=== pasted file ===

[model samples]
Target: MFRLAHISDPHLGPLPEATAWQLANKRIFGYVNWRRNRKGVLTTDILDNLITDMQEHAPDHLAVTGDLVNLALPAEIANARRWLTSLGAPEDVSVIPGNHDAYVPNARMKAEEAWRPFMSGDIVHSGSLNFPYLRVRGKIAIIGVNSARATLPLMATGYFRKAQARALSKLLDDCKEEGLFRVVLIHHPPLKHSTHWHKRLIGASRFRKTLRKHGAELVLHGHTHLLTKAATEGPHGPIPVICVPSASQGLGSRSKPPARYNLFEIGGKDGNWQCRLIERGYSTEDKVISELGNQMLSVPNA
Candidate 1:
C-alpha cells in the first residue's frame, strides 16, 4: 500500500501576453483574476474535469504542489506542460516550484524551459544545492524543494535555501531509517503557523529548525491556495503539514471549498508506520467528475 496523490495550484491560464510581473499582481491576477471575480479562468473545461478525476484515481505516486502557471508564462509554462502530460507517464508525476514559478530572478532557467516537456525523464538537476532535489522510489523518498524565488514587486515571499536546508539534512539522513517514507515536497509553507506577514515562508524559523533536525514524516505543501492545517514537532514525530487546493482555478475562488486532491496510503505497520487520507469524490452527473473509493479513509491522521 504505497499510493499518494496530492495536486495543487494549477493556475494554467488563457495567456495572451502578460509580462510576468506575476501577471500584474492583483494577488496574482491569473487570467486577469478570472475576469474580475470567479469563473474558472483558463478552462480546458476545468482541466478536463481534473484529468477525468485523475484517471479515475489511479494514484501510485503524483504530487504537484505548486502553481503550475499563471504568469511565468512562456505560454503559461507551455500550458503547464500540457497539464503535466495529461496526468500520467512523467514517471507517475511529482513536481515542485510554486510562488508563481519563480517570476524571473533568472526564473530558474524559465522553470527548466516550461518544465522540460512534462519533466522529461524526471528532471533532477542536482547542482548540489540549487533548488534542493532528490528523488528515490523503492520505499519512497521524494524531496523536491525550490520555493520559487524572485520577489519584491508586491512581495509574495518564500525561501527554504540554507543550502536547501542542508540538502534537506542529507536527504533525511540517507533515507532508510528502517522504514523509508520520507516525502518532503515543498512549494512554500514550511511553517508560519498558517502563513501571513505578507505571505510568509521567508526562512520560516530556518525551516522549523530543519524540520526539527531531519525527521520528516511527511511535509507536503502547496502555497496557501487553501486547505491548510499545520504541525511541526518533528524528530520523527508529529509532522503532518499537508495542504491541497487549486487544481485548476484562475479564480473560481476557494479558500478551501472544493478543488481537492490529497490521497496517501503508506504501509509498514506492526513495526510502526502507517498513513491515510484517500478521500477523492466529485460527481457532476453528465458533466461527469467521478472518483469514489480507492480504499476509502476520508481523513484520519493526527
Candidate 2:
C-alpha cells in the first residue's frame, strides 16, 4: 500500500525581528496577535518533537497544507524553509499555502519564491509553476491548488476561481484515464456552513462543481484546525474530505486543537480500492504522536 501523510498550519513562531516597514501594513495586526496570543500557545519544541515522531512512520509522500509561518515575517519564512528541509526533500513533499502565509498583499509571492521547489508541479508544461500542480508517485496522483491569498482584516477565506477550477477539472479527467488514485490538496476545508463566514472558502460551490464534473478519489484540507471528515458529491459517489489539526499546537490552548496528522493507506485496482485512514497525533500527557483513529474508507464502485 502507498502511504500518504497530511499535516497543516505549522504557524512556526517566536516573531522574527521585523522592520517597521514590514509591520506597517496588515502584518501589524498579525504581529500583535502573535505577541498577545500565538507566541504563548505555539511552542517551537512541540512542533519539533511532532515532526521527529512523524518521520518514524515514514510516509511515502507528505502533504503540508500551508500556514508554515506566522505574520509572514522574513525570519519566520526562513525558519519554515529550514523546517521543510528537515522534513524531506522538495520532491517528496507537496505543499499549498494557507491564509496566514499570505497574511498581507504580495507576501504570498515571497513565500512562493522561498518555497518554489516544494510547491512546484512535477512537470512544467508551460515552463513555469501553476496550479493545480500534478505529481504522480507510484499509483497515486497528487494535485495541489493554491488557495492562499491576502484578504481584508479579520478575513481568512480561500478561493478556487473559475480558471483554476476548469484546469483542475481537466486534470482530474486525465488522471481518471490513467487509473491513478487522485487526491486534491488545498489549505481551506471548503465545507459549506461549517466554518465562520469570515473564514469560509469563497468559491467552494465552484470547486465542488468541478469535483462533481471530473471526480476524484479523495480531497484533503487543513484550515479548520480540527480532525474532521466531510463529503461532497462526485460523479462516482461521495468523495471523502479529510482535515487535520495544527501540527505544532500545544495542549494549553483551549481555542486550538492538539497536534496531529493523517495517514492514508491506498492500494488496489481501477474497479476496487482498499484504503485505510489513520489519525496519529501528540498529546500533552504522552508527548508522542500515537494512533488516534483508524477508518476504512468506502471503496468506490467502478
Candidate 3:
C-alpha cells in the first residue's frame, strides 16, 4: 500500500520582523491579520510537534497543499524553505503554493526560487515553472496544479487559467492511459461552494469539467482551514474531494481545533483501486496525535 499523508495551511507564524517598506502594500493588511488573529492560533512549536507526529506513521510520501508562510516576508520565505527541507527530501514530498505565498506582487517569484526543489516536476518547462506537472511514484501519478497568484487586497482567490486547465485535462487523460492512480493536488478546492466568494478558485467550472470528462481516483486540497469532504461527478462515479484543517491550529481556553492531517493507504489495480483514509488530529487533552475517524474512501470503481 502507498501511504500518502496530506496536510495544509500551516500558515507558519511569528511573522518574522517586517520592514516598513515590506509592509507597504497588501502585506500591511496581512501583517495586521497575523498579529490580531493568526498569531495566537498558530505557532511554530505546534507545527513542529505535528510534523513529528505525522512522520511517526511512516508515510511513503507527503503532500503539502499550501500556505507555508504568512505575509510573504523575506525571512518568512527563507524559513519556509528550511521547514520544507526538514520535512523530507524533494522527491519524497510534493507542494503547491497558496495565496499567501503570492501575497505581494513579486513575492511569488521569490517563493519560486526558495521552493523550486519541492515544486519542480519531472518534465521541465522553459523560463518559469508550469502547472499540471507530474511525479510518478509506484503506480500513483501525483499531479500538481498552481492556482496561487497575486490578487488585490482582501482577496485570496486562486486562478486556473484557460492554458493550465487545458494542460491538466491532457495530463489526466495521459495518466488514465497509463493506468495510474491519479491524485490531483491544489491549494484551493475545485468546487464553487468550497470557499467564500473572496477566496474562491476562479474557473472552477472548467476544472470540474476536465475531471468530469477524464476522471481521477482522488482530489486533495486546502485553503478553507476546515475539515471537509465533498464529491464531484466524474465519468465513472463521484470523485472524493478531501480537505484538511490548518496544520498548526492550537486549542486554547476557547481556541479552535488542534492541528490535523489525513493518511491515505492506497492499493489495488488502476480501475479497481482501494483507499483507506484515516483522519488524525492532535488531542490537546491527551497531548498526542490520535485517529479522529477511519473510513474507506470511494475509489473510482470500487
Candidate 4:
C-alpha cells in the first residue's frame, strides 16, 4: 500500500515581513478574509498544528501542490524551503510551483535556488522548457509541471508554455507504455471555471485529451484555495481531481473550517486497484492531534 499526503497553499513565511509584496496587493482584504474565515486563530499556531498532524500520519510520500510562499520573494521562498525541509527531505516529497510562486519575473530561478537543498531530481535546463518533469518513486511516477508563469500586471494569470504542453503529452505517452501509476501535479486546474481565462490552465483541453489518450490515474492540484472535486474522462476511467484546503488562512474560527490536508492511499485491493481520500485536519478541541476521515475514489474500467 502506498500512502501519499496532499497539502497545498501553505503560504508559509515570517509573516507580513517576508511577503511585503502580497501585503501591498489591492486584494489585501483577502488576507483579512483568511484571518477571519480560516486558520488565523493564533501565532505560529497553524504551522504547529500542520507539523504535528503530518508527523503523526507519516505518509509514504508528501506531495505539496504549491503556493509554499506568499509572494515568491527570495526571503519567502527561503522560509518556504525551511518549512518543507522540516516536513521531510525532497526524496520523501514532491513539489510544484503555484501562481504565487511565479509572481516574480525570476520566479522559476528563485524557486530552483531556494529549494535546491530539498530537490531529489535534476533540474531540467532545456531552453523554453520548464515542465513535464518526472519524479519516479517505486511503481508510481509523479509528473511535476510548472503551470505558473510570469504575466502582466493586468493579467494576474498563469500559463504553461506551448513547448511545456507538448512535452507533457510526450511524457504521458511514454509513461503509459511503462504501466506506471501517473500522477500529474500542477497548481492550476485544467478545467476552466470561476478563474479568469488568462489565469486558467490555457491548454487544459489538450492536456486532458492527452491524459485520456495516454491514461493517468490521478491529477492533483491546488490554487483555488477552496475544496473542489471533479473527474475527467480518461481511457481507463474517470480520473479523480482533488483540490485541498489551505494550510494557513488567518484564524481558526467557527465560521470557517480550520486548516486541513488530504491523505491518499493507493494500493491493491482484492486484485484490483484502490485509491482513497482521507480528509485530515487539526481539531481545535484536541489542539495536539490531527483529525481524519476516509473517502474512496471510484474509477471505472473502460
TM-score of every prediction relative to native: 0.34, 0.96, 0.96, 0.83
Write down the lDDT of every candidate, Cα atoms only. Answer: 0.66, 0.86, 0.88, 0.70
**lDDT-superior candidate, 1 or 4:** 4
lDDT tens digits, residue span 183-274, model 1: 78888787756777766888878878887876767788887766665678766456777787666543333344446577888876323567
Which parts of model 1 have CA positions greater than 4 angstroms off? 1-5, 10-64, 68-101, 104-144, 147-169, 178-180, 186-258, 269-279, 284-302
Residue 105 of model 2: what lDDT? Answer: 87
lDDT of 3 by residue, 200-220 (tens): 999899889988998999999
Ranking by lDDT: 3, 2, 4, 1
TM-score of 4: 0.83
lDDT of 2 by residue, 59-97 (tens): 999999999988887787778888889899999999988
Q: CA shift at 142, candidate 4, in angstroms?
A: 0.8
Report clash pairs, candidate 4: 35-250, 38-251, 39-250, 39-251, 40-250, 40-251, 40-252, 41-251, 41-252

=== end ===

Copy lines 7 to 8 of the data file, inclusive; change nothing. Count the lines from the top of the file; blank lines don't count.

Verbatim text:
Candidate 3:
C-alpha cells in the first residue's frame, strides 16, 4: 500500500520582523491579520510537534497543499524553505503554493526560487515553472496544479487559467492511459461552494469539467482551514474531494481545533483501486496525535 499523508495551511507564524517598506502594500493588511488573529492560533512549536507526529506513521510520501508562510516576508520565505527541507527530501514530498505565498506582487517569484526543489516536476518547462506537472511514484501519478497568484487586497482567490486547465485535462487523460492512480493536488478546492466568494478558485467550472470528462481516483486540497469532504461527478462515479484543517491550529481556553492531517493507504489495480483514509488530529487533552475517524474512501470503481 502507498501511504500518502496530506496536510495544509500551516500558515507558519511569528511573522518574522517586517520592514516598513515590506509592509507597504497588501502585506500591511496581512501583517495586521497575523498579529490580531493568526498569531495566537498558530505557532511554530505546534507545527513542529505535528510534523513529528505525522512522520511517526511512516508515510511513503507527503503532500503539502499550501500556505507555508504568512505575509510573504523575506525571512518568512527563507524559513519556509528550511521547514520544507526538514520535512523530507524533494522527491519524497510534493507542494503547491497558496495565496499567501503570492501575497505581494513579486513575492511569488521569490517563493519560486526558495521552493523550486519541492515544486519542480519531472518534465521541465522553459523560463518559469508550469502547472499540471507530474511525479510518478509506484503506480500513483501525483499531479500538481498552481492556482496561487497575486490578487488585490482582501482577496485570496486562486486562478486556473484557460492554458493550465487545458494542460491538466491532457495530463489526466495521459495518466488514465497509463493506468495510474491519479491524485490531483491544489491549494484551493475545485468546487464553487468550497470557499467564500473572496477566496474562491476562479474557473472552477472548467476544472470540474476536465475531471468530469477524464476522471481521477482522488482530489486533495486546502485553503478553507476546515475539515471537509465533498464529491464531484466524474465519468465513472463521484470523485472524493478531501480537505484538511490548518496544520498548526492550537486549542486554547476557547481556541479552535488542534492541528490535523489525513493518511491515505492506497492499493489495488488502476480501475479497481482501494483507499483507506484515516483522519488524525492532535488531542490537546491527551497531548498526542490520535485517529479522529477511519473510513474507506470511494475509489473510482470500487